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EU net migration continues to decline as UK heads towards the general election, but impact of manifesto promises on migration can’t be predicted

28 Nov 2019

Today’s data from the Office for National Statistics (ONS) show that EU net migration had continued to decline, reaching the lowest level since before EU enlargement, as the UK heads towards the general election, the Migration Observatory at the University of Oxford said today.

Today’s data suggest that net migration of EU citizens in the year ending June 2019 was 48,000, 78% below the pre-referendum peak of 218,000 in 2015. In separate population estimates also published today, Poland lost its place as the top country of birth for migrants living in the UK (although the difference between Poland, at 827,000 residents in YE June 2019, was not statistically different for figures from India, at 837,000).

Non-EU net migration was broadly stable at 229,000 in the year ending June 2019, after steady increases since 2013. This makes non-EU considerably higher than EU net migration, although the precise contribution of EU vs. non-EU to the total remains uncertain due to problems identified in the data (see editor’s notes, below).

Madeleine Sumption, Director of the Migration Observatory at the University of Oxford said: “EU net migration has fallen dramatically since before the referendum, and is now at its lowest level since before EU enlargement. The reasons for this will include things like the lower value of the pound making the UK less attractive, improving economic prospects in EU countries of origin, and potentially the political uncertainty of the prolonged Brexit process.”

There has been much discussion of migration policies outlined by the main political parties as the general election approaches. The Conservatives and the Brexit party have committed to ending free movement and introducing an “Australian style” points based system, the features of which are yet to be announced; Labour has signalled that it would consider free movement as part of a negotiations on the future UK-EU relationship, while the Liberal Democrats have promised to end the Brexit process and maintain free movement.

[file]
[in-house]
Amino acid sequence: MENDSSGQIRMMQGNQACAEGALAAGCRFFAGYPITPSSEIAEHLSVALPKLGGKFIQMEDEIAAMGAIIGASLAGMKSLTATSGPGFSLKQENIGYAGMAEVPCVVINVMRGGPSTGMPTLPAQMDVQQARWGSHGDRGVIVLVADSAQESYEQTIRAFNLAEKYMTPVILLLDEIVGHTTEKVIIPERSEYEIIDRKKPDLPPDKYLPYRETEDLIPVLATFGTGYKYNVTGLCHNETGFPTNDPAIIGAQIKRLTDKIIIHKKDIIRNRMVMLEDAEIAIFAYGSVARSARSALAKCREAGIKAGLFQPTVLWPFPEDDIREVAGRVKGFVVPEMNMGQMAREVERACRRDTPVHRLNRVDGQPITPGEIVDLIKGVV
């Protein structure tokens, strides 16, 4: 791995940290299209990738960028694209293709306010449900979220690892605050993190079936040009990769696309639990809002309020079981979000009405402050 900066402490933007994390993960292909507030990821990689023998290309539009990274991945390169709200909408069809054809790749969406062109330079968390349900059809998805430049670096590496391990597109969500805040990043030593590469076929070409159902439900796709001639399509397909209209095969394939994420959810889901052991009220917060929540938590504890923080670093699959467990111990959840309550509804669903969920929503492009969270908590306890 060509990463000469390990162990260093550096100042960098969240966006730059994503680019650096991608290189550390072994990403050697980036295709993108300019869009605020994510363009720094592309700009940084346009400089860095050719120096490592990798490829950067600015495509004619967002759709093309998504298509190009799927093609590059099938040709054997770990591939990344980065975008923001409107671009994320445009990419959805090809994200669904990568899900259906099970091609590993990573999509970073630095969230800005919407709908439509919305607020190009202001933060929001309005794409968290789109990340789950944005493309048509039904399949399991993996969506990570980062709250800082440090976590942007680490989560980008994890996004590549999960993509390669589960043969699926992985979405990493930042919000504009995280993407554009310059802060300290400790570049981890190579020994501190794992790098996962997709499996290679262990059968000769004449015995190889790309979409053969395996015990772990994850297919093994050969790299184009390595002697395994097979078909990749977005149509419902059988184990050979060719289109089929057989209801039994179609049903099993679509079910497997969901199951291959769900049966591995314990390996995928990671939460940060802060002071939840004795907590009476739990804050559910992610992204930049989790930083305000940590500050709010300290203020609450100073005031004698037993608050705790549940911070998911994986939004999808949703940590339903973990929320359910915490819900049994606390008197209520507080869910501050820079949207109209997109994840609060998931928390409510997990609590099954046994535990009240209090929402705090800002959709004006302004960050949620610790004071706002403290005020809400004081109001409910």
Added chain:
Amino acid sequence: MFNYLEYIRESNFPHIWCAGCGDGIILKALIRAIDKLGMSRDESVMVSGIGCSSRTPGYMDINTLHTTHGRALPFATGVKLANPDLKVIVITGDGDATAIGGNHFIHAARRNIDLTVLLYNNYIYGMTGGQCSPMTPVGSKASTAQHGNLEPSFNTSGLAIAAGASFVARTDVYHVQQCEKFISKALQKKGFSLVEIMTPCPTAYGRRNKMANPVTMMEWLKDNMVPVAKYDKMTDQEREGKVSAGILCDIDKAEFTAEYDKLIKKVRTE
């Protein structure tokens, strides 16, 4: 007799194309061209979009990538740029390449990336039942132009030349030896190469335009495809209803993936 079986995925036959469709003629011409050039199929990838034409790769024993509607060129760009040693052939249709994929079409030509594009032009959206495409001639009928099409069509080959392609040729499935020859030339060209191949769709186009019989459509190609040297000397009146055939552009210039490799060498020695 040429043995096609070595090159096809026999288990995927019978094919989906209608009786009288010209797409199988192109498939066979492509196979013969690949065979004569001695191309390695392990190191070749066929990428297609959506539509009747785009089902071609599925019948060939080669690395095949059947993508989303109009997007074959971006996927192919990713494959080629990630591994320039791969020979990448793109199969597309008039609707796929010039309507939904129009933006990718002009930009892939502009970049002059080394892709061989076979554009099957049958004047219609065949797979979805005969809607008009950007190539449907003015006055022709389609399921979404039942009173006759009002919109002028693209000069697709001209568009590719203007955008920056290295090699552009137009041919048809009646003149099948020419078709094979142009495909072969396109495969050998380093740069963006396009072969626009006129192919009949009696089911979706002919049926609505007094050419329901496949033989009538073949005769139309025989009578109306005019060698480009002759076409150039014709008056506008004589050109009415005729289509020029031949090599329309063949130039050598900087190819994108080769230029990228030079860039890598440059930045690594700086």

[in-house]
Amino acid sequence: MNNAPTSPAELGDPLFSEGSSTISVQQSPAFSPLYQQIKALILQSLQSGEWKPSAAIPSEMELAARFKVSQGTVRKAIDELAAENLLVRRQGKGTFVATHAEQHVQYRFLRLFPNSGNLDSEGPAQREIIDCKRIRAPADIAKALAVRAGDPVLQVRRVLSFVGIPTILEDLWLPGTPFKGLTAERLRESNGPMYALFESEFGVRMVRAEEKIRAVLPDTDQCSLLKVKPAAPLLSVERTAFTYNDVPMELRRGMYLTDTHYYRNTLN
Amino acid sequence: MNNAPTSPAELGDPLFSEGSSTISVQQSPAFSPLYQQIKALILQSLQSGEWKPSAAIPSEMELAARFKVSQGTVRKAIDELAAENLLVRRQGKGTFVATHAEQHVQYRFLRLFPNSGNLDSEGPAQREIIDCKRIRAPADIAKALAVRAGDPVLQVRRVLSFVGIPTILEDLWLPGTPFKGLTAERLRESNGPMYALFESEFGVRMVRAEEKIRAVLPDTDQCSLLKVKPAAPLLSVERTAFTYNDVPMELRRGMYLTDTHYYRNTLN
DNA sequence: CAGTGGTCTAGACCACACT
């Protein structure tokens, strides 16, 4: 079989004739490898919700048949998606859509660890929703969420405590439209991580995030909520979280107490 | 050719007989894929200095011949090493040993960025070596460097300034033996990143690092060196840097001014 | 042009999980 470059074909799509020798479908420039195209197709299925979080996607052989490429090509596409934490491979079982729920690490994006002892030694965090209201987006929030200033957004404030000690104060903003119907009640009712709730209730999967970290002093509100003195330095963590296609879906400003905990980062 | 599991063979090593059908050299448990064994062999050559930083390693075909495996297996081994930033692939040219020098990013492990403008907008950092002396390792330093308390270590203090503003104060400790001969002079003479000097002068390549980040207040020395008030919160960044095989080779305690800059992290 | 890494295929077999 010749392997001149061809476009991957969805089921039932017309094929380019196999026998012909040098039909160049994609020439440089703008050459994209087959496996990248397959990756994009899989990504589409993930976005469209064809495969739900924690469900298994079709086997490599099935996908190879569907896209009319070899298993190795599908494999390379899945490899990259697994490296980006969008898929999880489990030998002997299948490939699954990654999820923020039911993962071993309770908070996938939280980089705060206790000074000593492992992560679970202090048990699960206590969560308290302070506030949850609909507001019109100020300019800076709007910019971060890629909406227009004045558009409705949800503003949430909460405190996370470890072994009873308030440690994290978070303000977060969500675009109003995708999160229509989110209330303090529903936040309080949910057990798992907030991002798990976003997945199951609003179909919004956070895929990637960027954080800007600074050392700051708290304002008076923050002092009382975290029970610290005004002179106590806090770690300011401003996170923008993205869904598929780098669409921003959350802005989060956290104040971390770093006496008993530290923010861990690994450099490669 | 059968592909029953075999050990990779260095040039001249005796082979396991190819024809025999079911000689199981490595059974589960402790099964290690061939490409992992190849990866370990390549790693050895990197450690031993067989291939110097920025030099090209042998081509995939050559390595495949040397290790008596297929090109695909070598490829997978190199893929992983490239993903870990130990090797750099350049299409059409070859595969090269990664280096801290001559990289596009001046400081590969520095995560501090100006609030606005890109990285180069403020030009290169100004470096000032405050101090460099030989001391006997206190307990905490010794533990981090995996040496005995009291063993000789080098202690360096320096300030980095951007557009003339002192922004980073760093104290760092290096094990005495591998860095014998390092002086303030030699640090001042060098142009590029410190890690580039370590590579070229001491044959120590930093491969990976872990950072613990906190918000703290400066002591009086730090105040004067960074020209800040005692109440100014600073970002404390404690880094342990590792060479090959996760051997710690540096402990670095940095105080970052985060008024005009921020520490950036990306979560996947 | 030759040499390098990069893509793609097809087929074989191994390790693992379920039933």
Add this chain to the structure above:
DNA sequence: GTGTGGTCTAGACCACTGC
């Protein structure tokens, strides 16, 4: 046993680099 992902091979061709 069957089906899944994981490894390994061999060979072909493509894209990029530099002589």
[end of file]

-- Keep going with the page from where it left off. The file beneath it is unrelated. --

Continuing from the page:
Sumption added: “What will happen to migration in the coming years is highly uncertain, regardless of which party is power. It’s easy to imagine that migration policies are the only things that affect migration, but in reality, policies act more like a filter than a tap. The state of the economy, demand for workers by UK employers, conditions in countries of origin can have a big impact on migration, in some cases even more than changes in policy. That’s one reason why we’ve seen such a big drop in EU migration since 2016, despite the fact that policy has not yet changed at all.”

Currently, the relatively low levels of EU net migration mean that restricting free movement now would be expected to have a much smaller impact on overall migration levels than it would have done in the past. However, this will not always be the case. EU migration has fluctuated up and down over time, and there is no reason to assume this would not continue to happen if the UK were to maintain free movement in the future. Recently revised ONS figures suggest that EU net migration made up a majority of the total from YE June 2013 to YE June 2016.



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